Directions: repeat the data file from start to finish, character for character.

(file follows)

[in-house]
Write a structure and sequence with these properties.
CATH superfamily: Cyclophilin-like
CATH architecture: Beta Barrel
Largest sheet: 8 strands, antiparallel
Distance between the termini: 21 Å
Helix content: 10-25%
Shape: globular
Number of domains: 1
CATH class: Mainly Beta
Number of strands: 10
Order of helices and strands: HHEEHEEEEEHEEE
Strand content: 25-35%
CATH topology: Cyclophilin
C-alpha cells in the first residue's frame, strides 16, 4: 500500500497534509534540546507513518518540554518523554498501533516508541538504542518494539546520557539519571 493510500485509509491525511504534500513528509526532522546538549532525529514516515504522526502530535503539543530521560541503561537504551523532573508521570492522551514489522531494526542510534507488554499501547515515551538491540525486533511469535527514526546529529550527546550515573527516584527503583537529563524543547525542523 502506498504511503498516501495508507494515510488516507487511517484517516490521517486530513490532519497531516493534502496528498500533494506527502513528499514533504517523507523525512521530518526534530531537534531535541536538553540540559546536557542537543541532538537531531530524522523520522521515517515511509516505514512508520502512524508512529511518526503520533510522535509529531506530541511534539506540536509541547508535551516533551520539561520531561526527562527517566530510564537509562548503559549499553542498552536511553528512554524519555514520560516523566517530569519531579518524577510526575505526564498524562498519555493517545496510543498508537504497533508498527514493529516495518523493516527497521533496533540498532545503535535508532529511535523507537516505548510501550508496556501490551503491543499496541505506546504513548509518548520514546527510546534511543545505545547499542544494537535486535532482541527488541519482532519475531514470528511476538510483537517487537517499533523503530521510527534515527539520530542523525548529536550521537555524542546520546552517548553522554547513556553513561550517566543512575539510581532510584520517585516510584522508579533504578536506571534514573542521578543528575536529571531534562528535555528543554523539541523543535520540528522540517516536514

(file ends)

[in-house]
Write a structure and sequence with these properties.
CATH superfamily: Cyclophilin-like
CATH architecture: Beta Barrel
Largest sheet: 8 strands, antiparallel
Distance between the termini: 21 Å
Helix content: 10-25%
Shape: globular
Number of domains: 1
CATH class: Mainly Beta
Number of strands: 10
Order of helices and strands: HHEEHEEEEEHEEE
Strand content: 25-35%
CATH topology: Cyclophilin
C-alpha cells in the first residue's frame, strides 16, 4: 500500500497534509534540546507513518518540554518523554498501533516508541538504542518494539546520557539519571 493510500485509509491525511504534500513528509526532522546538549532525529514516515504522526502530535503539543530521560541503561537504551523532573508521570492522551514489522531494526542510534507488554499501547515515551538491540525486533511469535527514526546529529550527546550515573527516584527503583537529563524543547525542523 502506498504511503498516501495508507494515510488516507487511517484517516490521517486530513490532519497531516493534502496528498500533494506527502513528499514533504517523507523525512521530518526534530531537534531535541536538553540540559546536557542537543541532538537531531530524522523520522521515517515511509516505514512508520502512524508512529511518526503520533510522535509529531506530541511534539506540536509541547508535551516533551520539561520531561526527562527517566530510564537509562548503559549499553542498552536511553528512554524519555514520560516523566517530569519531579518524577510526575505526564498524562498519555493517545496510543498508537504497533508498527514493529516495518523493516527497521533496533540498532545503535535508532529511535523507537516505548510501550508496556501490551503491543499496541505506546504513548509518548520514546527510546534511543545505545547499542544494537535486535532482541527488541519482532519475531514470528511476538510483537517487537517499533523503530521510527534515527539520530542523525548529536550521537555524542546520546552517548553522554547513556553513561550517566543512575539510581532510584520517585516510584522508579533504578536506571534514573542521578543528575536529571531534562528535555528543554523539541523543535520540528522540517516536514